Judy Duffy-Metcalf, chief executive of the Coquille’s economic development arm, said she had no doubt that all nine federally recognized tribes in Oregon would like to have partnered with the state in any expansion of lottery games or new gambling ventures.

Like Ms. Meade, Ms. Duffy-Metcalf attributed Oregon’s choice of Cow Creek to the governor’s close relationship with that tribe and its financial support of Ms. Brown, who is seeking re-election next month.

“Why weren’t all Oregon tribes included in this conversation, instead of just the one that makes big campaign contributions?” Ms. Meade asked.

Neither Chris Pair, the governor’s communications director, nor Kate Kondayen, her press secretary, responded to requests for comment from The Times on this article.

Cow Creek CEO Michael Rondeau also didn’t respond to a request for comment sent to the tribe.

The Cow Creek Tribe has been making contributions to Ms. Brown’s campaigns since August 2008, records show. From that date to 2016, the tribe made several contributions ranging from $2,500 to $10,000.

But since Ms. Brown became governor in 2015, taking over from John Kitzhaber, who resigned amid an ethics scandal, the tribe has stepped up its support, giving Ms. Brown at least $85,000. Records show most of that came in three contributions of $25,000 each. Oregon does not have caps on the amount of contributions to candidates’ campaigns.

Indian gambling concerns have become political issues far beyond Oregon. Sen. Elizabeth Warren of Massachusetts ignited a spat among her Democratic colleagues in neighboring Rhode Island when she worked on behalf of a new Indian casino in Massachusetts. Feuds have erupted over new casinos and market shares of existing casinos in myriad states.

The Cow Creek Tribe are major players in Washington, D.C., too, having made $633,550 in contributions to primarily Democratic federal candidates since 2016, according to the Center for Responsive Politics. The tribe has spent another $420,000 on federal lobbying efforts, ranking it fifth nationally among Indian tribes in that category, the center’s database shows.

Ms. Brown is also a “long-term friend,” of Mr. Rondeau, according to emails arranging meals and meetings between the two. The governor’s calendar includes meetings and phone calls with Mr. Rondeau and Cow Creek officials from April 2016 to the signing of the nondisclosure agreement in March.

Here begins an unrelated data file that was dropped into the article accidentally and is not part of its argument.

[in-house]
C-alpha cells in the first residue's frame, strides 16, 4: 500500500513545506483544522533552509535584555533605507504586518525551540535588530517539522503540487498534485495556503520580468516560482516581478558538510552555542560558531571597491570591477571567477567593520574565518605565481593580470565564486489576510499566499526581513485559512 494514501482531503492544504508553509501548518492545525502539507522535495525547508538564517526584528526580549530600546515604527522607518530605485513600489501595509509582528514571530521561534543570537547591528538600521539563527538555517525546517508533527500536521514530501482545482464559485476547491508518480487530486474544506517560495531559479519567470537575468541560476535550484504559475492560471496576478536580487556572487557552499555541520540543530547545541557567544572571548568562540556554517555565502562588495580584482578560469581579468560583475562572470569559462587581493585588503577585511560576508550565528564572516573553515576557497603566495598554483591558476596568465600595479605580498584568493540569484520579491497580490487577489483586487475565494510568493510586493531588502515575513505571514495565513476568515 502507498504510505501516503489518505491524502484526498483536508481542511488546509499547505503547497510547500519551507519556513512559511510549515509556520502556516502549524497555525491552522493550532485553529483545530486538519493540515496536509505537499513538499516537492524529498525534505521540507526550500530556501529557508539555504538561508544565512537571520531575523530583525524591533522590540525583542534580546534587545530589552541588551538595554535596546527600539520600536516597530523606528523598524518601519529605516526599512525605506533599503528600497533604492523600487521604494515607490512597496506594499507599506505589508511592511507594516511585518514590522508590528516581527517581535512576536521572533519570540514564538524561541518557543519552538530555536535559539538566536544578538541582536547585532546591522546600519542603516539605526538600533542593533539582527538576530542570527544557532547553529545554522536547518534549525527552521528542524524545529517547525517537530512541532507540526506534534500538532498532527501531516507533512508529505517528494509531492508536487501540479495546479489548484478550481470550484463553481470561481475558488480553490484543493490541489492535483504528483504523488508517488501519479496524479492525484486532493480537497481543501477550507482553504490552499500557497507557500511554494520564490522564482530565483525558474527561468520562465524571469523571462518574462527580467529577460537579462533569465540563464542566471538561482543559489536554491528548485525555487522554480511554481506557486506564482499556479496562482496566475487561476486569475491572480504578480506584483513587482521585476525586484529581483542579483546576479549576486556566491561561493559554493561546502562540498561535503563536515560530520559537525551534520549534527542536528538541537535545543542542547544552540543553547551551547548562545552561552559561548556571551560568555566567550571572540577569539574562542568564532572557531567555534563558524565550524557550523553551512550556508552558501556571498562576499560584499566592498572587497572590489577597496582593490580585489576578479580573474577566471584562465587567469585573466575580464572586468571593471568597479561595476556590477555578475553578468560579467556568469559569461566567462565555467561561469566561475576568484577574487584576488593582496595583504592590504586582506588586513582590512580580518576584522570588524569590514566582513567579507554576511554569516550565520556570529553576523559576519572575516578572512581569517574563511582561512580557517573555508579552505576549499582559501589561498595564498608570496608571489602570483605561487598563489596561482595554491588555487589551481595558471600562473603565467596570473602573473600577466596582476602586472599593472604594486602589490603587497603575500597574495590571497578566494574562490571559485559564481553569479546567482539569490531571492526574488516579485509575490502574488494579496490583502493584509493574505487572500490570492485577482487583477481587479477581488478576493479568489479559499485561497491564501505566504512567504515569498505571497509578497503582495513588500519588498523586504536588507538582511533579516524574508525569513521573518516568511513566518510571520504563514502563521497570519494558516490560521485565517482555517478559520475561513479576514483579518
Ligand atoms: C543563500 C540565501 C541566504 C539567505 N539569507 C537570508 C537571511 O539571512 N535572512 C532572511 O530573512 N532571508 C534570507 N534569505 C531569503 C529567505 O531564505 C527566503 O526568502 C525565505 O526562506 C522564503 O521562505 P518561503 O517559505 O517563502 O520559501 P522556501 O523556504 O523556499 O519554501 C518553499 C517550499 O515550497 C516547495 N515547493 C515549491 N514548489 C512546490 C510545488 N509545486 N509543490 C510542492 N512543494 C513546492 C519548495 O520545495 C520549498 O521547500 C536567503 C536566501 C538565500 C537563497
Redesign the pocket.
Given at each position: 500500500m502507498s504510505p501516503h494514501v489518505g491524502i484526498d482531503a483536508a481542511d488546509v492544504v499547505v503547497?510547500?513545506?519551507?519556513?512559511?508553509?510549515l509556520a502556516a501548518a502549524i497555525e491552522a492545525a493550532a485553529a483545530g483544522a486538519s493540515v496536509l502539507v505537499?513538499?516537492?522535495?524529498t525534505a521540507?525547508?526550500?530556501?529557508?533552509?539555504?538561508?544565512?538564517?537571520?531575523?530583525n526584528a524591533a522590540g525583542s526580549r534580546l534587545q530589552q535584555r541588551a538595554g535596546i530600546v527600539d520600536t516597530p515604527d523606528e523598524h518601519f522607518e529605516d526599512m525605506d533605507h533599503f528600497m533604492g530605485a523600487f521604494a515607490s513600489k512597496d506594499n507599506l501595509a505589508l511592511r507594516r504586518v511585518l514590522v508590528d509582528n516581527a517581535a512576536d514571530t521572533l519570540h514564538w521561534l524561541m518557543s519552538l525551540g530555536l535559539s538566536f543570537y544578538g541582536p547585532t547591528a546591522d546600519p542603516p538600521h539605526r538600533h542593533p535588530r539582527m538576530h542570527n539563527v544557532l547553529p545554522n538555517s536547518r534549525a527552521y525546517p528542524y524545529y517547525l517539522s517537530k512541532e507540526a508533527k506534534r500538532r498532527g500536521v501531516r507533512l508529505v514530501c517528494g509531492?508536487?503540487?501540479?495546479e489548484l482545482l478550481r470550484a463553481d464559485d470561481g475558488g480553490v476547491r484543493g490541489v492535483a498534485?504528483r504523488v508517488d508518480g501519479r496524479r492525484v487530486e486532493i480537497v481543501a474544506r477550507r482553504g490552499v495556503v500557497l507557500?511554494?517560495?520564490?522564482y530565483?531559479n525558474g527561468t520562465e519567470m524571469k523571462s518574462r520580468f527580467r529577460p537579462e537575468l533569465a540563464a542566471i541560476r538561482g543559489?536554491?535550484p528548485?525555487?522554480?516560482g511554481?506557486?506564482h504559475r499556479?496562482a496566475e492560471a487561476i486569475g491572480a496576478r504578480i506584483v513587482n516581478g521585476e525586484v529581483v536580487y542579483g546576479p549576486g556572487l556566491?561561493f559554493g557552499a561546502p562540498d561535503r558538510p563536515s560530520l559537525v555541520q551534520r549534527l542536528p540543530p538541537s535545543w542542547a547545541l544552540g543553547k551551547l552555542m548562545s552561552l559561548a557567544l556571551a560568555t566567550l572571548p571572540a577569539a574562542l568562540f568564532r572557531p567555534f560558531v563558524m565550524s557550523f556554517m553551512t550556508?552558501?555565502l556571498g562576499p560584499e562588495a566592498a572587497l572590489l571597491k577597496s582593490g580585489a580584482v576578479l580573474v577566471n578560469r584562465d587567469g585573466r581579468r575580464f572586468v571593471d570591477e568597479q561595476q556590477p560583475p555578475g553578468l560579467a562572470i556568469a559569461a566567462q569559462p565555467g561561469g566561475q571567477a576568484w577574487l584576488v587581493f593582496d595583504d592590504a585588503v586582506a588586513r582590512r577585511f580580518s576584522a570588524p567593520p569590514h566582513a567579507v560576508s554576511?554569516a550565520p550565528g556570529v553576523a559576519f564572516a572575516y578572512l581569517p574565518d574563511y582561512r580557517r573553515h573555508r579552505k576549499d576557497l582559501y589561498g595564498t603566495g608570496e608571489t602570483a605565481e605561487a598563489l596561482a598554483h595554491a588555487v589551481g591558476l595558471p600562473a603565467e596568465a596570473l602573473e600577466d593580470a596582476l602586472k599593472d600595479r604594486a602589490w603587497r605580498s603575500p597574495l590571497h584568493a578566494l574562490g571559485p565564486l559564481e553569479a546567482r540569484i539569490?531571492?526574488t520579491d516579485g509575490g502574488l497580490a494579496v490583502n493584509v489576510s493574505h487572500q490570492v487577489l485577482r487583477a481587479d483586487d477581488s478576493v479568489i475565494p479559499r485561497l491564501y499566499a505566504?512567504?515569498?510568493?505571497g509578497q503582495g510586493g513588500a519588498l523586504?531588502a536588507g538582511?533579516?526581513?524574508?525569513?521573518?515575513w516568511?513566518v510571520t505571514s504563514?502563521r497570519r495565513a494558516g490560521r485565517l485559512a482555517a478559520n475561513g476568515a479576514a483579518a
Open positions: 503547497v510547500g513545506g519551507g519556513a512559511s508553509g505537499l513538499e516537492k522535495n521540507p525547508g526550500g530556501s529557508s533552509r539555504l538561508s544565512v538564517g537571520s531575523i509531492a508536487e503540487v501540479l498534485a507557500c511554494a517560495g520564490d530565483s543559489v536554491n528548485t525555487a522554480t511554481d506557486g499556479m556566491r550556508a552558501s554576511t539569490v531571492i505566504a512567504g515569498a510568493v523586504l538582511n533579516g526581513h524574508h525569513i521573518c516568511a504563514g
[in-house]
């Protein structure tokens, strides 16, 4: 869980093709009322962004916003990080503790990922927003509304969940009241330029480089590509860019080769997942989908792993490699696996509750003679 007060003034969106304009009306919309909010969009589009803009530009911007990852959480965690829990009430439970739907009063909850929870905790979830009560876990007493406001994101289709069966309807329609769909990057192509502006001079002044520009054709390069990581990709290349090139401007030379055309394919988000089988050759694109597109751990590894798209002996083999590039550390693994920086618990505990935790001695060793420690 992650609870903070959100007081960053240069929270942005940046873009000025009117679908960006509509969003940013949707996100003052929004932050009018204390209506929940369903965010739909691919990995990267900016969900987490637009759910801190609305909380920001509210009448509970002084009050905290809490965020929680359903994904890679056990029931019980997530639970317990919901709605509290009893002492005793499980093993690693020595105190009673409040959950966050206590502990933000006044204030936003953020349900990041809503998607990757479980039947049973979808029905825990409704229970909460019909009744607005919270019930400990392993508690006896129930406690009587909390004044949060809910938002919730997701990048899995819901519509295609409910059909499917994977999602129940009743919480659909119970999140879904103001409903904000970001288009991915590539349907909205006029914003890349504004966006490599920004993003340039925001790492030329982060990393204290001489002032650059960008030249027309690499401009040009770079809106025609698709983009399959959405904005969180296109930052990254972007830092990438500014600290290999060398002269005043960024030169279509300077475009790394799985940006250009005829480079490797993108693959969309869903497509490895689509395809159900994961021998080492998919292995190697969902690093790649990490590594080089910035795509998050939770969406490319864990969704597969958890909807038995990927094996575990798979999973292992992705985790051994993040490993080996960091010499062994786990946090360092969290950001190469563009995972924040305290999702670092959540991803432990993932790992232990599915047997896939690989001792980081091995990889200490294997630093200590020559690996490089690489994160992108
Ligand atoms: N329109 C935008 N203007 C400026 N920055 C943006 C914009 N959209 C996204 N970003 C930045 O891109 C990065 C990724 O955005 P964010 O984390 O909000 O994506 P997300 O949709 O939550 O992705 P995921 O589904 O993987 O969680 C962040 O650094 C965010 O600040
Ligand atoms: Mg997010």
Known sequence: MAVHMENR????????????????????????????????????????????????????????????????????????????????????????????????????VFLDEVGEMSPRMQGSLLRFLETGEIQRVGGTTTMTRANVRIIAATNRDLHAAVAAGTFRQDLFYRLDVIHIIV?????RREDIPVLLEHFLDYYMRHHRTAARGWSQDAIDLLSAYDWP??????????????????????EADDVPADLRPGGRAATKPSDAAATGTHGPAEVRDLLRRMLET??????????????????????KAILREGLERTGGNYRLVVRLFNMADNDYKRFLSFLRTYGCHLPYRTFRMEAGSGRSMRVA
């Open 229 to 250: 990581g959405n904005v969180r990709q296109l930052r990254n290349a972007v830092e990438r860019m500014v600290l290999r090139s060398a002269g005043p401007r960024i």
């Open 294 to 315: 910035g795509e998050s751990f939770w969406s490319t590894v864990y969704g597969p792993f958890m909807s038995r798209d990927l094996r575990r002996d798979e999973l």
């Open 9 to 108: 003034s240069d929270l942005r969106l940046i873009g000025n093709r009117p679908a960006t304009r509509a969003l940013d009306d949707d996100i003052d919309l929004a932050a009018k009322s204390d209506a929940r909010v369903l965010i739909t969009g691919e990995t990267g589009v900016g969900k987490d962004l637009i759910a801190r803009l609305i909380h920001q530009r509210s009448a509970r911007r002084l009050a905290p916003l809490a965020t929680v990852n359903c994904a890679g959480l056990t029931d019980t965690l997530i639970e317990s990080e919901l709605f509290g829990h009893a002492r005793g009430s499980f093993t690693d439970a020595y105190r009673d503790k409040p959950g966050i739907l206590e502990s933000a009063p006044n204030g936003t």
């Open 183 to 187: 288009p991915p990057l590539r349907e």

The Coquille Tribe would like to put the bowling alley land — a parcel of less than 2 acres — into trust with the federal government, a necessary step for the implementation of gambling on that land. That decision is up to the Department of the Interior, so Ms. Brown’s approval on the matter is not strictly needed, but federal officials traditionally seek input from state and local leaders on the plan.

As it stands, the Cow Creek Tribe has a virtual monopoly on the heavily traveled I-5 corridor. The Coquille Tribe runs a full-fledged casino in Oregon’s North Bend, but the Medford location off the interstate is part of the five-county area in which the tribe is incorporated since its federal recognition was restored in 1989.

Chief Meade blamed the Cow Creek Tribe for spreading false stories that the Medford site would be illegal because it isn’t part of the Coquille Tribe’s 10,000-acre territory, and Ms. Duffy-Metcalf said the tribe has received phone calls from Oregon legislators who say they had been asked by the Cow Creek Tribe to criticize the Coquille’s bowling alley casino.

Profits could prove a thorny issue for any state-tribe joint venture.

The Oregon Lottery’s most profitable game is its “video lottery,” which is essentially an electronic bingo game. The state’s return is roughly 90 percent. But federal law regarding gambling on Indian land mandates that at least 60 percent of the profits go to the tribe, Mr. Crowell said, and that could make it a less-attractive proposition for the Oregon Lottery.

* (Editor’s note: An updated version of the story clarified lottery spokesman Matthew Shelby’s comment that the state is mulling a partnership with a tribe.)